He took a trip across the Pacific. After his return, he was named the editor-in-chief of the ‘Indiana Summer Student,’ the summer edition of the campus newspaper. He also joined the Sigma Delta Chi, the journalism fraternity of the university. He was active in other campus clubs as well and was also a senior manager of the football team.
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Career
After completing his studies, Ernie Pyle moved to Washington, D.C. in 1923, to join the ‘Washington Daily News,’ a new Scripps-Howard tabloid newspaper, as a reporter. He soon became its copy editor.
By 1926, he and his wife had quit their jobs, and they travelled across the United States. He also worked briefly in New York City for the ‘Evening World’ and the ‘New York Post.’
He returned to ‘Daily News’ eventually. He began working on one of the country’s first and best-known aviation columns. He continued writing for four years.
In 1932, Ernie Pyle became the managing editor at the ‘Daily News,’ and he served in the position for three years. In 1935, he left his position at the ‘Daily News,’ to write stories of human interest for the Scripps-Howard newspaper syndicate. Over the next six years, he and his wife traveled across US, Canada, Mexico, and Central and South America.
Though his writings earned him much popularity, Pyle lacked confidence and was not satisfied with his work. Eventually, he started writing about the American soldiers who were serving in the World War II.
Over the next few years, he wrote columns regarding the lives of ordinary soldiers during the war, and the struggles and problems they had to encounter. He traveled with the American soldiers to North Africa, Italy, and France.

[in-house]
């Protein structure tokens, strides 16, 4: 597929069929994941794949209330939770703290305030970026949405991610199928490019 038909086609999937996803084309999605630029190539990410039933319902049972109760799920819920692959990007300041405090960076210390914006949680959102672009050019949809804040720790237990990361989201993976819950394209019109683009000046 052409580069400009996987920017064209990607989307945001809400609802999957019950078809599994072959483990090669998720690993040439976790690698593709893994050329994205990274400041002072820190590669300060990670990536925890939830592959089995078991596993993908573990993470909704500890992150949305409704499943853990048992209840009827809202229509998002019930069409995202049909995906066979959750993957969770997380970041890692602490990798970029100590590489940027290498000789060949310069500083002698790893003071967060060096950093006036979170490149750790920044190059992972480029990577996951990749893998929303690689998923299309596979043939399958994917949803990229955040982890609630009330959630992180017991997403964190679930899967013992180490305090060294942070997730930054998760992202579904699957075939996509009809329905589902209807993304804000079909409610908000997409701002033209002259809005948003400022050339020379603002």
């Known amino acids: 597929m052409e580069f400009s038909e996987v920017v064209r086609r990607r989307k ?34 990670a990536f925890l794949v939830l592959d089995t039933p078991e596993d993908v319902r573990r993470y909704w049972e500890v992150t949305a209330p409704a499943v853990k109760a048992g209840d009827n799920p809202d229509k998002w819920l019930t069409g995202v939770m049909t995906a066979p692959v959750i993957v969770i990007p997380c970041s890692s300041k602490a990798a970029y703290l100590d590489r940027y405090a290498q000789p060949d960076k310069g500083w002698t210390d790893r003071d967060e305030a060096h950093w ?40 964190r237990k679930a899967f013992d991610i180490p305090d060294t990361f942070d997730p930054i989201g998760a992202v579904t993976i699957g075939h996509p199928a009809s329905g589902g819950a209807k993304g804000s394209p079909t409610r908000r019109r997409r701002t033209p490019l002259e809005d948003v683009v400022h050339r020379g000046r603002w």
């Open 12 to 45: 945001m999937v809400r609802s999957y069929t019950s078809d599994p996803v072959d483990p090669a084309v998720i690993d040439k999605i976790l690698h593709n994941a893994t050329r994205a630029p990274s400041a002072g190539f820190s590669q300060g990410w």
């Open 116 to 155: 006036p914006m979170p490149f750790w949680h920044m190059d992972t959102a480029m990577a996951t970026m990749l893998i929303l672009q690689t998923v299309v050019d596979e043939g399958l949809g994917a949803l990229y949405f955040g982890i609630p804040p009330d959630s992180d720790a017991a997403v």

His columns became so popular that over 400 different newspapers published them during the war. He received the Pulitzer Prize in 1944.
Death
Ernie Pyle had premonitions about his own death on several occasions. He often wrote letters to his friends, predicting that he might not survive the war. He was eventually assigned to cover the Pacific theatre, which he reluctantly accepted.
He died on 18th April 1945, when he was hit by enemy fire on the island of le Shima. His loss was heavily mourned by both soldiers and civilians.
Family & Personal Life
Ernie Pyle married Geraldine Elizabeth Siebolds in 1925. Though his wife accompanied him on his journeys, their relationship was a troubled one. Pyle was known for his alcoholism, and his wife suffered from mental illnesses. She also attempted suicide several times.
The couple divorced in 1942, but remarried a year later. They had no children. Geraldine passed away due to influenza after about seven months following her husband’s death, on 23rd November 1945.
Facts About Ernie Pyle

Ernie Pyle had a pet crow named "Bilko" that he adopted during his time as a war correspondent in World War II. Bilko would often accompany Pyle on his reporting assignments and became a beloved companion to him and his fellow soldiers.

Pyle was known for his love of practical jokes and had a mischievous sense of humor. He would often play pranks on his colleagues and friends, bringing laughter and levity to difficult situations.

Despite his fame and success as a journalist, Pyle remained humble and down-to-earth. He was known for his kindness and compassion towards others, always willing to lend a helping hand to those in need.

Pyle had a passion for exploring the local culture and customs of the places he visited. He would immerse himself in the communities he reported on, gaining a deeper understanding of the people and their way of life.

Pyle had a talent for storytelling and a gift for capturing the human experience in his writing. His vivid descriptions and heartfelt accounts of war and everyday life resonated with readers around the world, earning him a lasting legacy as one of the greatest war correspondents of his time.

See the events in life of Ernie Pyle in Chronological Order